New England is digging out this morning after receiving more than 30 inches of snow in some areas from a massive Nor’easter, which blew through with blizzard conditions.
A travel ban was lifted at midnight in Massachusetts, but authorities are urging drivers to stay off the roads as cleanup efforts continue.
Public transportation service from the Massachusetts Bay Transportation Authority is slated to resume today. Airlines were expected to begin flying at Boston's Logan Airport this morning and to have full schedules back in place by Thursday, according to an airport official.
A blizzard warning for Boston ended Tuesday evening as the snow tapered off, but one remained in effect for the south coast, Cape Cod and nearby islands.
Strong winds and coastal flooding were reported from the coastline of Long Island, New York, to Massachusetts. Wind gusts reached 60-75 mph during the storm.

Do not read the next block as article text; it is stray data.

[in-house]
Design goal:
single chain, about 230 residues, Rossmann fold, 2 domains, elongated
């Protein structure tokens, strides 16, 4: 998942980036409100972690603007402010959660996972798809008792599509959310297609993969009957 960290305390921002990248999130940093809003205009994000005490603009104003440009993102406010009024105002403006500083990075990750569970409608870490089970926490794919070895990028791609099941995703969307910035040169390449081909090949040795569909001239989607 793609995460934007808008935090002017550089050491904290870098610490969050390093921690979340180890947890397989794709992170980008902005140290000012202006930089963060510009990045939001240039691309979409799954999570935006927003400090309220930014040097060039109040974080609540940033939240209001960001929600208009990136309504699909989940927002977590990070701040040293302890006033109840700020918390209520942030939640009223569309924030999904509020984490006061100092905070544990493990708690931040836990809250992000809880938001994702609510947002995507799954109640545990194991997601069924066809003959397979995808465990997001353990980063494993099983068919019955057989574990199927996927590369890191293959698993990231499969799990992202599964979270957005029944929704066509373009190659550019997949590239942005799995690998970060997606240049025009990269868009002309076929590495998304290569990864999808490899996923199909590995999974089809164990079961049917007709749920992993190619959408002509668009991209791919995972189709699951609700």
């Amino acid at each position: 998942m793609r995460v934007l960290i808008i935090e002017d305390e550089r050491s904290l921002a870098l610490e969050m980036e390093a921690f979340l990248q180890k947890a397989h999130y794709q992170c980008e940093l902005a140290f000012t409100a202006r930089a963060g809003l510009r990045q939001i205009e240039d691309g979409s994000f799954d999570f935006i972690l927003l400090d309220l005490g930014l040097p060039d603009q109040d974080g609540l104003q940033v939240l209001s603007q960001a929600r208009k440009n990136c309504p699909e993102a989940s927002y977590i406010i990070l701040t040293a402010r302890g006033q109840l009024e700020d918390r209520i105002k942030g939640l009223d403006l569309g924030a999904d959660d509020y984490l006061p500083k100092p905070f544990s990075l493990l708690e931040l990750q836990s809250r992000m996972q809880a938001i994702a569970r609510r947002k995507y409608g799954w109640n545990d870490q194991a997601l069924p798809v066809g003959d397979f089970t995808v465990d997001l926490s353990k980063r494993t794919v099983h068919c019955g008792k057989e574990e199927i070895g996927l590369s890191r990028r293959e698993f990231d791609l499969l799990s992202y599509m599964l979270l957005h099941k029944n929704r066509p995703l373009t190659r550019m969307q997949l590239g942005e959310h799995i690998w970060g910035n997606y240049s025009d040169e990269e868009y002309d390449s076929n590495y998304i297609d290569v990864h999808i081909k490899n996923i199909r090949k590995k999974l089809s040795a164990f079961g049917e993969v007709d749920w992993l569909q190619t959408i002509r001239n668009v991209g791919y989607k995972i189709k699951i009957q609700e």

The storm punched out a 40-to-50-foot section of a seawall in Marshfield, Massachusetts, badly damaging a vacant home. In Newport, Rhode Island, it toppled a 110-foot replica of a Revolutionary War sailing vessel in dry dock, breaking its mast and puncturing its hull.
The storm's heaviest snow bands stayed north and east of New York City, leaving the nation's biggest metropolis at the lower end of the snow forecast. Snowfall at LaGuardia Airport, in the relatively heavy-hit eastern New York borough of Queens, stood at 11 inches.
Fearing the worst late Monday, officials shut down mass transit systems from New York City to Boston, and closed roads to traffic in all or parts of five states. Thousands of flights were canceled because of the storm.
On Tuesday, after a huge snowfall failed to materialize in some cases, officials in some Northeast cities and states lifted the travel bans and defended their decision to impose them in the first place.
"My job as a leader is to make decisions, and I will always err on the side of safety or caution," New York Mayor Bill de Blasio said. "To me, it was a no-brainer. We have to take precautions to keep people safe."
The Associated Press contributed to this report.